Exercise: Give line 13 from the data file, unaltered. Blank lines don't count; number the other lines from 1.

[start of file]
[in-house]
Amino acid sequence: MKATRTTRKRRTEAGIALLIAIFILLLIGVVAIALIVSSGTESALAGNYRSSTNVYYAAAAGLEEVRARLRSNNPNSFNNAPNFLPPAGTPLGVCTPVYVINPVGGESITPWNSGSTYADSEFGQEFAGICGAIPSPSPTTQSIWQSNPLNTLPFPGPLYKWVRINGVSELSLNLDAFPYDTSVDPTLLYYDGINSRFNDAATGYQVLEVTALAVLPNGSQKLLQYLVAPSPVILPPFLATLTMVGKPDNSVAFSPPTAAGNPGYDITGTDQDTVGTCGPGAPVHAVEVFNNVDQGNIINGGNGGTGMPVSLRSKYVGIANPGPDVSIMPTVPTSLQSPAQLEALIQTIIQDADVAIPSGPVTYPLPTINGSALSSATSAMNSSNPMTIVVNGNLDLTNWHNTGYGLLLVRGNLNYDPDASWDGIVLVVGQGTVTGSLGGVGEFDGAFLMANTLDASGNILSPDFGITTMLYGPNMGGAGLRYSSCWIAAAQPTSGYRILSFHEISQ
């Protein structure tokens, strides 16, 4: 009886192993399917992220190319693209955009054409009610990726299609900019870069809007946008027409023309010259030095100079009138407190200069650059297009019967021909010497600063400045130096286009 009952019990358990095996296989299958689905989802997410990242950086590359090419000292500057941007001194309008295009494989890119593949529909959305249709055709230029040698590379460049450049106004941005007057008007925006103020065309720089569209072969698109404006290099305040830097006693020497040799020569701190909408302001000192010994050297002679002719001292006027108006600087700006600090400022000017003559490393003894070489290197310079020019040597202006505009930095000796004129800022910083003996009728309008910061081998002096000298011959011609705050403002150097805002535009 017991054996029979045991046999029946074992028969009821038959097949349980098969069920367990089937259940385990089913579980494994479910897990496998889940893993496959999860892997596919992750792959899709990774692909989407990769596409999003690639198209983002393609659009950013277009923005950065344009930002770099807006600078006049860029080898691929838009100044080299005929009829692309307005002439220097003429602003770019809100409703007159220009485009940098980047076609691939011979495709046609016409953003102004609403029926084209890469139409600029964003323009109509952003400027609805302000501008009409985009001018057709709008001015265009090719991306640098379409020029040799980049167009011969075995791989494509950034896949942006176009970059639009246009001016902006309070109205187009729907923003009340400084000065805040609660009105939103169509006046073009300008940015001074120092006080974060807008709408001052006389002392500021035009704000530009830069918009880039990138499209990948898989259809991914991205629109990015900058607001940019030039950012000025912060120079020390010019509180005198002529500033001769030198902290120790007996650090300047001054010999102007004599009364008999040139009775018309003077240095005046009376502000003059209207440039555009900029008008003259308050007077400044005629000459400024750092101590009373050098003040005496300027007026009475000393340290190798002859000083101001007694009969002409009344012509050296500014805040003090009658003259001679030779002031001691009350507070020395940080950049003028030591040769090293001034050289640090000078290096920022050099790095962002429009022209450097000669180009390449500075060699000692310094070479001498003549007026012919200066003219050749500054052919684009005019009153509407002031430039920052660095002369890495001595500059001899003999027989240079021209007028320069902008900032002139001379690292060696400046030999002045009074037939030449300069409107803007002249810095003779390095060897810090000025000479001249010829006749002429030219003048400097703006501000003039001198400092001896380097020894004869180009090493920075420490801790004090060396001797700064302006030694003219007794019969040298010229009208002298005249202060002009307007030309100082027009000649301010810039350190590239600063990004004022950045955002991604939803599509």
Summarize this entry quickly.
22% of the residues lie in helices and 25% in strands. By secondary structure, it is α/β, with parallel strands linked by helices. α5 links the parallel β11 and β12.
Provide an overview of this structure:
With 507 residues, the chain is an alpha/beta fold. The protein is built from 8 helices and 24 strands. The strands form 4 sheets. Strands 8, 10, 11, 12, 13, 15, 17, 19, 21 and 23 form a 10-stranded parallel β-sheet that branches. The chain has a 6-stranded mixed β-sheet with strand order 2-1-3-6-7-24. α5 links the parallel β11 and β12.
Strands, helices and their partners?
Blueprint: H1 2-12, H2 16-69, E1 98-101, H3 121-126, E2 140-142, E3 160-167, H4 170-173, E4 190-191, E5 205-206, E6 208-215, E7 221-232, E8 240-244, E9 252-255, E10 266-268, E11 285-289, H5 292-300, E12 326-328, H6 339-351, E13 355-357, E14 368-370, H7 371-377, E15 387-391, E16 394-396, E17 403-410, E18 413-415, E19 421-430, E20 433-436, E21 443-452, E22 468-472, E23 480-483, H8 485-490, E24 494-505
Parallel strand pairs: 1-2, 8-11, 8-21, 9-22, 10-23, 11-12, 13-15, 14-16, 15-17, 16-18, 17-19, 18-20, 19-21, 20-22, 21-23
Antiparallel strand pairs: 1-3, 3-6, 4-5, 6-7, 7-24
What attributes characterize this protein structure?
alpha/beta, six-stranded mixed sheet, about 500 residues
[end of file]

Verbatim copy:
alpha/beta, six-stranded mixed sheet, about 500 residues